Even in August, with 29 million people receiving some form of unemployment insurance, the expiration of the $600 monthly pandemic relief checks, and much uncertainty about evictions for renters and landlords meeting their mortgages, a Monmouth University poll still found 2-to-1 concern (61 percent vs. 31 percent) that the country was reopening too quickly. An NBC News tracking poll similarly found that 57 percent of respondents remained more worried about reopening the economy too quickly than too slowly. Only 40 percent felt the other way around.
It seems most people, unlike the administration and some governors, have understood all along that getting the virus under control is the true key to restoring the economy.
The fight over school openings
A similar dynamic is on display in the new school year.
Across the country, many governors have shoehorned students back into K-12 classrooms and college presidents desperate for revenue have reopened their campuses as we continue to clock more daily cases than any single day of the April surge and register double the daily deaths of early July, when lockdown measures led to a relative lull.
The nation is already paying a new price for these choices. Thousands of COVID-19 infections are being recorded on college campuses, particularly in the South and Midwest. In the absence of a national tracking system, the New York Times has identified more than 51,000 COVID-19 infections across more than 1,000 colleges since the pandemic began. Many colleges have walked back plans for in-class instruction.
In the absence of federal leadership to closely track COVID-19 cases at the nation’s schools, a Kansas high school theater teacher, Alisha Morris, created a Pre-K-through-12 coronavirus tracker that she has since given to the National Education Association. As of late August, she had received reports of nearly 4,300 COVID cases and 75 deaths at nearly 1,100 schools.
Morris told the Washington Post that she was shocked when her project “exploded into something pretty overwhelming and pretty depressing.” She told National Public Radio that part of her shock came from reading many anecdotal reports of outbreaks that had not been reported in the local press. She said she is concerned that “there are tons of schools that have been purposely trying to keep this on the down-low.”
As the federal government and many state governments seem to be also trying to keep COVID-19 data on the down-low (as my UCS colleague Anita Desikan reminds us in her latest post), the cry from school parents is no different than that from the public at large about who they want at the helm of our pandemic response to navigate us safely back into schools. They want direction from epidemiologists, infectious disease experts and front-line doctors and nurses. They want a course charted by people whose fealty is to science, not to politics.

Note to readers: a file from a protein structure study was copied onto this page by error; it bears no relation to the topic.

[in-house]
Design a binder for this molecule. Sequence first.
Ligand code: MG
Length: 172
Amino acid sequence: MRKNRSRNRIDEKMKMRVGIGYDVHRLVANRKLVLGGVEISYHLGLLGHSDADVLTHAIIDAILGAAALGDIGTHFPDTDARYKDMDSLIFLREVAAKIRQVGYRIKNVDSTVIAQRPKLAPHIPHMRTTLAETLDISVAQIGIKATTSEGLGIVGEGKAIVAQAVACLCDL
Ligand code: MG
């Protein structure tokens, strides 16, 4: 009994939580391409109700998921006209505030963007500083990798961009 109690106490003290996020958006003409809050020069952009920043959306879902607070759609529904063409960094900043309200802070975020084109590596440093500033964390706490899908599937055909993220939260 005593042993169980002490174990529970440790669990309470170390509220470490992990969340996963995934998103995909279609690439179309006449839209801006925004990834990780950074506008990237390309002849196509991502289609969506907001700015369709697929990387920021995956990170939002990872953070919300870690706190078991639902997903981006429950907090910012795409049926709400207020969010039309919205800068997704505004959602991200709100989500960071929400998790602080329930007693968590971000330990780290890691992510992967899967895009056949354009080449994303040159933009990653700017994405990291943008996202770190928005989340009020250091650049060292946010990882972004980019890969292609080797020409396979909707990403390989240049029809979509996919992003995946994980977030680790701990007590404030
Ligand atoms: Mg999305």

Leading with science
In a Washington Post poll in August, 79 percent of parents said they feared an increase in the spread of the coronavirus with a return to in-person classes. Similarly, an Axios/Ipsos survey found that 73 percent of were concerned about schools reopening too soon and 80 percent of parents were concerned about their children getting sick. A Kaiser Family Foundation poll found that two-thirds of the public think schools should open later to reduce virus risk even if it meant youth falling behind in class.
The fear of sending children back to school is highest among African American and Latinx parents. That should come as no surprise given that they are much more likely to have known someone who died from COVID than a white parent. Because of residential segregation, those parents are more likely than white families to live in polluted neighborhoods and to send their child to crumbling schools with questionable ventilation. Such schools are also too often sited closer to toxic industrial sites and waste dumps.
Years of exposure to pollution likely increases the risk of worse outcomes for Black and Latinx children as well as adults. The evidence shows that African American and Latinx children are far more likely to be hospitalized for COVID complications than white children.
A study published last week in the Journal of the American Medical Association found that the school closures of the spring may have spared the nation nearly 1.4 million coronavirus cases over a 26-day period and saved nearly 41,000 lives. In an accompanying editorial, two researchers from the University of Pittsburgh said the findings—which come at a time of murky evidence on the question of how contagious asymptomatic school children might be—amplify the immediate need for robust science to help better understand the disease’s transmission, and for schools to receive financial support to make in-school instruction as safe as possible, as the social and educational damage for children not being in school is also severe.
“Without a significant advance in evidence on these points, school administrators will be left to make high-stakes decisions without certainty,” the editorial said.
Those stakes are soaring as the federal government has all but abdicated its role in leading with science, instead employing Scott Atlas who has repeatedly accused people concerned with reopening schools as being gripped with hysteria, claiming, in the absence of evidence, that “Children almost never transmit the disease.”
Atlas has also made statements that could be construed as racial code, given the disproportionate death toll among African Americans, Latinx and the Indigenous, in arguing to keep businesses open. Atlas said the country should, “not go crazy and just simply shut down the economy. We know who dies. We know who gets hospitalized.”
Thankfully, this is not the response to the coronavirus that the US public desires. They want the government to shut down its fatal nonsense. While trust in coronavirus information coming from the Trump administration plummeted to 31 percent in a NPR/PBS News Hour/Marist poll last month, 75 percent still say they trust public health experts. Any true hope in ending despair and the unchecked spread of the coronavirus must begin by following the public’s clearly documented trust in science.